Wednesday, 4 September 2013
60 SECOND INTERVIEW: Saul Kelleher
SAUL Kelleher grew up in Warwick, emigrating with his family to South Africa aged 14. After graduating in Durban and getting married he opened a live music venue which he ran for five years before switching careers and training to become a barrister. Shortly after being admitted to the South African Bar, Saul was held up at gunpoint, prompting him to take his young family to England where, over two years, he converted his South African qualifications to enable him to work as a solicitor in the UK. He worked for two large provincial firms before opening, and becoming director of the Bridport office of the Commercial Law Practice Ltd. The 41-year-old has four children and plays for North Dorset Rugby Club.
WHY is commercial law important to get right?
Law is about creating certainty and with commercial law where there is uncertainty there will almost inevitably be dispute. If you ensure that you understand the clients’ needs and reflect those needs in the work that you do, it will enable a client to proceed with certainty in its business dealings and avoid disputes with the inevitable costs consequences.
CAN people draw up agreements themselves?
I would strongly advise against individuals drawing up their own agreements. If something is of sufficient importance to reduce it into writing then it is important enough to spend the money necessary to have that agreement drawn up by a solicitor. I cannot tell you how many times I have sat with a client who did not think that matters would turn out the way that they did.
WHY has the practice expanded into Bridport?
I have an existing client base and very much felt that there was a place in Bridport for a fresh approach to legal services. My assistant Sarah and I are very approachable and we are more than happy to see people when they walk through our door. We are very clear about our costs and what we will do and strive to deliver the results desired within the time set out and at the cost quoted. We will always take clients’ calls and, in short, we have stripped out the stuffiness associated with solicitors from the practice.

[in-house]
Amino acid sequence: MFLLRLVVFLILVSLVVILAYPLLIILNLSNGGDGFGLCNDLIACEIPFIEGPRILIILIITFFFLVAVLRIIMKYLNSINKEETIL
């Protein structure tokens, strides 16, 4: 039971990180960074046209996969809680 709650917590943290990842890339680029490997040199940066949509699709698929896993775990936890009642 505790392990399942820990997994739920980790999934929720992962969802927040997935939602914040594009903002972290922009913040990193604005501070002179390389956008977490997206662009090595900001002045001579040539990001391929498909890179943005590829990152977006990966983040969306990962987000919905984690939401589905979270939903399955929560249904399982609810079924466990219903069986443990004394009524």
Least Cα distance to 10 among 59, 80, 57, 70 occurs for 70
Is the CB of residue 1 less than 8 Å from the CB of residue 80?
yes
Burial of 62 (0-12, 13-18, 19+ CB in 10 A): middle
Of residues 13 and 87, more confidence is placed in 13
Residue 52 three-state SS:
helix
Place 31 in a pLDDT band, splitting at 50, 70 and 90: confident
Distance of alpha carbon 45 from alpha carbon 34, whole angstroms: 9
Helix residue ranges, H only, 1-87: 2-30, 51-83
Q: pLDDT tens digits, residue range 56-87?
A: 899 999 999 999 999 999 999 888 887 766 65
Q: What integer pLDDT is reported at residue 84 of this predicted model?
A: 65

HAVE you had any strange requests in your profession?
I was called on site to a dispute involving the construction of a conservatory to find it surrounded by a pond of water. The defence that it had been constructed properly fell away quite quickly and the matter was resolved, but I still look at the pictures occasionally when I am feeling down.
HOW important is rugby to you?
I have always played rugby, playing for Natal University and as captain of North Dorset Rugby Club. I still play and I have been on a push to get fit enough to play to a reasonable level this year. I have always loved the bond created between people who play rugby together and the way that, however hard a game is, everything is left on the field.
WHAT is the most memorable game of rugby you’ve seen?
I watched the 1995 World Cup Final between South Africa and New Zealand in a hostel in Tel Aviv, Israel. The room was divided with South Africans on one side and New Zealanders on the other. The atmosphere was strained, particularly when the power failed just before full time. When the power came back on it was extra time and probably the most exciting finish because of what it meant to South Africa to win.
YOUR family is important to you - do you get together often?
We spend a lot of time together and the house is always busy. Everyone mucks in and there are always friends coming around and staying. We like to do outdoor activities, but try not to rely on anything too structured. An active day is best concluded with the family and friends having a drink in the garden.
WHAT is your earliest memory?
I remember just having moved into an old terraced house and my parents had spent all the money purchasing the house. Instead of borrowing a lawn mower they began cutting the lawn with kitchen scissors. My parents are extremely practical, running a smallholding in France, and I am sure they would claim that the grass was too long for a mower, but that is not how I remember it.
WHAT objects do you always carry with you?
I carry a coin with the back and front half of a rhino on its sides. It is useful to resolve disagreements and it is not weighted as some might claim.
WHAT is your favourite journey?
I love the drive down to Cornwall and that moment when the landscape changes and becomes almost mystical. There is a beach called Greenaway Beach just outside of Rock and that is my favourite place in the world. When I go to Cornwall I know I will spend time there and that makes the trip exciting.